Q: How did you become involved in the performing arts?
I'm a violinist by training. I started when I was five. When I was born, I was given up for adoption and was pretty much immediately adopted by a white Jewish couple who already had a birth son. They were behavioral scientists. Fast forward thirty-one years, I was reunited with my birth parents. My birth father is a black Jehovah's Witness, and my birth mother is white Irish Catholic. They ended up getting back together and getting married and having another child who they raised: my full sister. So basically, in the end, I'm a black, white Jewish Irish Catholic Jehovah's Witness who grew up with a big afro playing the violin. Because of my background it is no big surprise much of my life has involved the arts and diversity. It's literally in my DNA...
Q: How do you see the pandemic specifically affecting DEI (Diversity, Equity, and Inclusion) in the arts, now and moving forward?
In general, the pandemic has magnified DEI. It has augmented things that already exist in terms of the health sphere. You know, African Americans especially have had to bear a much heavier burden related to the pandemic. That's not because the pandemic picks out African Americans, it's because of disparities that exist on a host of levels. I think that the pandemic has been a magnifying glass and has augmented a number of those things. One of the things I hope that we will learn is that philanthropic political efforts will see that, and not just let that pass, but have policy changes and think about what we can do that will help address those underlying issues that existed long before COVID...
Q: How do you think that arts organizations and institutions can stay committed to DEI, while rebuilding their own organizations due to money loss and changes after the pandemic?
...There are a lot of organizations that really did incorporate core DEI into their infrastructure as well. As Dean, that was one of the things that I felt was so important: that DEI was in the leadership structure and in actual leadership positions. I would ask, “do we have DEI? Do we have it as a core part of the budget and not just as an attitude?” The hope is, and what I would advise certainly organizations to do, is to look at that and make sure that the DEI is part of their core operations. If it’s not, they should look and see to it that DEI is not just something that is nice and politically correct and it's decent for humankind, but as something that is actually also good for business. Because when times are tough, you need to expand your constituencies, whether it's students, your revenue base, your board, your customers, your audiences, etc. A way to do that is by bringing in new audiences. There are ways, if you will, to bolster and to build strength in what you're doing with DEI. It's not something that should just cost you money because it's something good to do. Overall, it should go to the direct bottom line for an organization. I encourage them to innovate and to think about how we can look at DEI as a way to strengthen our organization, programmatically and financially.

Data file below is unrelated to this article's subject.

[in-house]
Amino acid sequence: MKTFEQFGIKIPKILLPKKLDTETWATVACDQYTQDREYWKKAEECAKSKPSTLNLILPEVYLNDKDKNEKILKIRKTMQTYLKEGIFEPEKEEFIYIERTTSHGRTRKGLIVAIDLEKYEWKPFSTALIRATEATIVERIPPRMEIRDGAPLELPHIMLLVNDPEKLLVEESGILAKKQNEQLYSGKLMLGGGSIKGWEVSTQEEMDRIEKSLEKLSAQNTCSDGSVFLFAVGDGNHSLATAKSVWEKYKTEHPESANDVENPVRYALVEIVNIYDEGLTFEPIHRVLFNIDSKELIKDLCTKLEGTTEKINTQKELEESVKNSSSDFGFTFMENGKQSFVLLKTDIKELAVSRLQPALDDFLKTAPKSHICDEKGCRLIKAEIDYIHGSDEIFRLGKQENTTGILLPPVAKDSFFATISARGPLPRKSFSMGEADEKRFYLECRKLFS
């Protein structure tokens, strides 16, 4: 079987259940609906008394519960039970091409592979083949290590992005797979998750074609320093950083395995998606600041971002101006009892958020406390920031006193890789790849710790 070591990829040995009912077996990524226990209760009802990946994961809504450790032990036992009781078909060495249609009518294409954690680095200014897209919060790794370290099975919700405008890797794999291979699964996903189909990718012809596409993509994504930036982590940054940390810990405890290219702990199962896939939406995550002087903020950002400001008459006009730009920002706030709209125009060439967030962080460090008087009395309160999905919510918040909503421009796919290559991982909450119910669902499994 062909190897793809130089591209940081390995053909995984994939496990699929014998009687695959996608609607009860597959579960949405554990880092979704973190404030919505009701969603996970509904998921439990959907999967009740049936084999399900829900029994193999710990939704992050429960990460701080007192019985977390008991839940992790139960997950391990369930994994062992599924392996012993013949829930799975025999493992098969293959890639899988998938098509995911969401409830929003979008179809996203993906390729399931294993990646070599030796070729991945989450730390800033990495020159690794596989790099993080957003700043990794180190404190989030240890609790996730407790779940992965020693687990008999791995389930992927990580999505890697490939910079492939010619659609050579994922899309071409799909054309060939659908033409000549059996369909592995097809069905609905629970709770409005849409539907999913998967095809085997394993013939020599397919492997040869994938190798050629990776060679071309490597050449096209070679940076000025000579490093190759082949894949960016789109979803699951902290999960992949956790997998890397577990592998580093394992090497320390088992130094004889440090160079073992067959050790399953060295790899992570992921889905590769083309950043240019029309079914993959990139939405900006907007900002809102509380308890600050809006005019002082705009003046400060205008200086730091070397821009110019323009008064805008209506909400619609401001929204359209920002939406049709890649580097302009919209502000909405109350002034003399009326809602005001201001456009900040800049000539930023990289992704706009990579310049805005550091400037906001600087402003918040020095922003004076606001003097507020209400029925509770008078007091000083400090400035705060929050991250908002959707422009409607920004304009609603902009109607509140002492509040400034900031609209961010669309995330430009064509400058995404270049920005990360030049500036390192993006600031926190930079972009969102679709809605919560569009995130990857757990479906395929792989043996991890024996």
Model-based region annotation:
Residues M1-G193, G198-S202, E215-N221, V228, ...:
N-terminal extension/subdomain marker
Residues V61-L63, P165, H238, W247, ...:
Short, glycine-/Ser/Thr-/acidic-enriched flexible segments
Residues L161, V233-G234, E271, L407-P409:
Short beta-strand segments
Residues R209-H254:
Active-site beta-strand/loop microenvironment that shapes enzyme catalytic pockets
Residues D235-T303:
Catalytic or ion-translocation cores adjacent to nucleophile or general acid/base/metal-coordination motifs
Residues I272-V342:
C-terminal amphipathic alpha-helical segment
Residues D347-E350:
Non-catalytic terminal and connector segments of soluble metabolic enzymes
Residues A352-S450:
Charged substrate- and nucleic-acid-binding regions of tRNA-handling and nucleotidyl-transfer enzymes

Named a 2005 MacArthur Fellow, President Obama’s first appointment to the National Council on the Arts and Governor Snyder’s appointment to the Michigan Council for Arts & Cultural Affairs, Aaron P. Dworkin served as dean of the University of Michigan’s School of Music, Theatre & Dance (SMTD), which is ranked among the top performing arts schools in the nation. He is currently a tenured full professor of arts leadership and entrepreneurship at SMTD as well as serving as a Professor of Entrepreneurial Studies at the Stephen M. Ross School of Business at the University of Michigan. In addition, Aaron is a successful social entrepreneur having founded The Sphinx Organization, the leading arts organization with the mission of transforming lives through the power of diversity in the arts. He also serves as host of the nationally-broadcast Arts Engines show which reaches an audience of over 2 million in collaboration with Detroit Public Television, Ovation TV, The Violin Channel and American Public Media including Performance Today and YourClassical. As a best-selling writer, Aaron has authored The Entrepreneurial Artist: Lessons from Highly Successful Creatives published by Rowman & Littlefield, a science-fiction novel, Ethos: Rise of Malcolm published by MorganJames, as well as his memoir titled Uncommon Rhythm: A Black, White, Jewish, Jehovah’s Witness, Irish Catholic Adoptee’s Journey to Leadership released through Aquarius Press, a poetry collection, They Said I Wasn’t Really Black, and a children’s book The 1st Adventure of Chilli Pepperz. A lifelong musician, Aaron is a prominent spoken-word performing artist represented by Cadenza Artists with a current national tour of his American Rhapsody with a national consortium of orchestras and premiered with the Minnesota Orchestra and Maestro Osmo Vänskä. He has collaborated with a breadth of artists including Yo-Yo Ma, Damien Sneed, Anna Deveare Smith, Damian Woetzel, Lil Buck and others. His visual digital art project, Fractured History, has been exhibited at multiple galleries and museums to rave reviews. Aaron is also a filmmaker having produced and directed two films including An American Prophecy and Deliberation and in addition to recording and producing two CDs, entitled Ebony Rhythm and Bar-Talk.